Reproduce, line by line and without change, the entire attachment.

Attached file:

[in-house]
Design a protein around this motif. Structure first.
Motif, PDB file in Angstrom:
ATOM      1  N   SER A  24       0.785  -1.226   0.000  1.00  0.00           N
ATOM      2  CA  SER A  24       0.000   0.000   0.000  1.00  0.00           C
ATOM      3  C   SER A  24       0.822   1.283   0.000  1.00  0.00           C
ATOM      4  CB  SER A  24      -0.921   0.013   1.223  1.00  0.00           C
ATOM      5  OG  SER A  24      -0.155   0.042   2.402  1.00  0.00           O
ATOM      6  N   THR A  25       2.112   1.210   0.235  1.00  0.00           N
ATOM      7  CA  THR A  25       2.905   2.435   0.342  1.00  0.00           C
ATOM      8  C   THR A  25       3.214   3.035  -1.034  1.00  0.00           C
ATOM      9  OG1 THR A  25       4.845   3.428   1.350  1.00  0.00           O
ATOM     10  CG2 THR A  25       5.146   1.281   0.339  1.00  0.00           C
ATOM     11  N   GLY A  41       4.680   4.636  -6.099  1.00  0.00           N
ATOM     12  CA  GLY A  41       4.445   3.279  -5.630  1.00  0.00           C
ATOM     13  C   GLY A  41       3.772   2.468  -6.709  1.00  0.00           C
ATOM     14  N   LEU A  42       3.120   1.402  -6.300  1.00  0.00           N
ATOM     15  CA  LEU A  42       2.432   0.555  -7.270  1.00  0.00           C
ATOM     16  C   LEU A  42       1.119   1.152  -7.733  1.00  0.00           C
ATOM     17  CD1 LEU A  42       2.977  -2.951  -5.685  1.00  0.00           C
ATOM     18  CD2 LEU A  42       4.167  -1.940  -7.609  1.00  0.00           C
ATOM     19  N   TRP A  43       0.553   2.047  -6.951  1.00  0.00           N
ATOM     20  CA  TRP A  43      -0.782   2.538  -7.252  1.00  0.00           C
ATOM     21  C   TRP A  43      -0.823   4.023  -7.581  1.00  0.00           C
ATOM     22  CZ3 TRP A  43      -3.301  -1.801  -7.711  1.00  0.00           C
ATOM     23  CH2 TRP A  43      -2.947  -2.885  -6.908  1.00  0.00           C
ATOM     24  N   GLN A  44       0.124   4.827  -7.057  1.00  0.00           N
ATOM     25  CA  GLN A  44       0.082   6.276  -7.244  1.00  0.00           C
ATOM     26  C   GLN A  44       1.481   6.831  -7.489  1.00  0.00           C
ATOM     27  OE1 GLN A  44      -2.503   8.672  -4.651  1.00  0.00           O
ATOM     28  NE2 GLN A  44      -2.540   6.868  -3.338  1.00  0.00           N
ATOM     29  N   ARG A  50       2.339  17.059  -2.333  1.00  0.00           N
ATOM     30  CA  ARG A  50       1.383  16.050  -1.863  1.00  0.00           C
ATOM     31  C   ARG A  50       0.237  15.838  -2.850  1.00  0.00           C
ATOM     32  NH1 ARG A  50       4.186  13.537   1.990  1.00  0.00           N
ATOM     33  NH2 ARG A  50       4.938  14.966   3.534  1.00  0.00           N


[in-house]
Design a protein around this motif. Structure first.
Motif, PDB file in Angstrom:
ATOM      1  N   SER A  24       0.785  -1.226   0.000  1.00  0.00           N
ATOM      2  CA  SER A  24       0.000   0.000   0.000  1.00  0.00           C
ATOM      3  C   SER A  24       0.822   1.283   0.000  1.00  0.00           C
ATOM      4  CB  SER A  24      -0.921   0.013   1.223  1.00  0.00           C
ATOM      5  OG  SER A  24      -0.155   0.042   2.402  1.00  0.00           O
ATOM      6  N   THR A  25       2.112   1.210   0.235  1.00  0.00           N
ATOM      7  CA  THR A  25       2.905   2.435   0.342  1.00  0.00           C
ATOM      8  C   THR A  25       3.214   3.035  -1.034  1.00  0.00           C
ATOM      9  OG1 THR A  25       4.845   3.428   1.350  1.00  0.00           O
ATOM     10  CG2 THR A  25       5.146   1.281   0.339  1.00  0.00           C
ATOM     11  N   GLY A  41       4.680   4.636  -6.099  1.00  0.00           N
ATOM     12  CA  GLY A  41       4.445   3.279  -5.630  1.00  0.00           C
ATOM     13  C   GLY A  41       3.772   2.468  -6.709  1.00  0.00           C
ATOM     14  N   LEU A  42       3.120   1.402  -6.300  1.00  0.00           N
ATOM     15  CA  LEU A  42       2.432   0.555  -7.270  1.00  0.00           C
ATOM     16  C   LEU A  42       1.119   1.152  -7.733  1.00  0.00           C
ATOM     17  CD1 LEU A  42       2.977  -2.951  -5.685  1.00  0.00           C
ATOM     18  CD2 LEU A  42       4.167  -1.940  -7.609  1.00  0.00           C
ATOM     19  N   TRP A  43       0.553   2.047  -6.951  1.00  0.00           N
ATOM     20  CA  TRP A  43      -0.782   2.538  -7.252  1.00  0.00           C
ATOM     21  C   TRP A  43      -0.823   4.023  -7.581  1.00  0.00           C
ATOM     22  CZ3 TRP A  43      -3.301  -1.801  -7.711  1.00  0.00           C
ATOM     23  CH2 TRP A  43      -2.947  -2.885  -6.908  1.00  0.00           C
ATOM     24  N   GLN A  44       0.124   4.827  -7.057  1.00  0.00           N
ATOM     25  CA  GLN A  44       0.082   6.276  -7.244  1.00  0.00           C
ATOM     26  C   GLN A  44       1.481   6.831  -7.489  1.00  0.00           C
ATOM     27  OE1 GLN A  44      -2.503   8.672  -4.651  1.00  0.00           O
ATOM     28  NE2 GLN A  44      -2.540   6.868  -3.338  1.00  0.00           N
ATOM     29  N   ARG A  50       2.339  17.059  -2.333  1.00  0.00           N
ATOM     30  CA  ARG A  50       1.383  16.050  -1.863  1.00  0.00           C
ATOM     31  C   ARG A  50       0.237  15.838  -2.850  1.00  0.00           C
ATOM     32  NH1 ARG A  50       4.186  13.537   1.990  1.00  0.00           N
ATOM     33  NH2 ARG A  50       4.938  14.966   3.534  1.00  0.00           N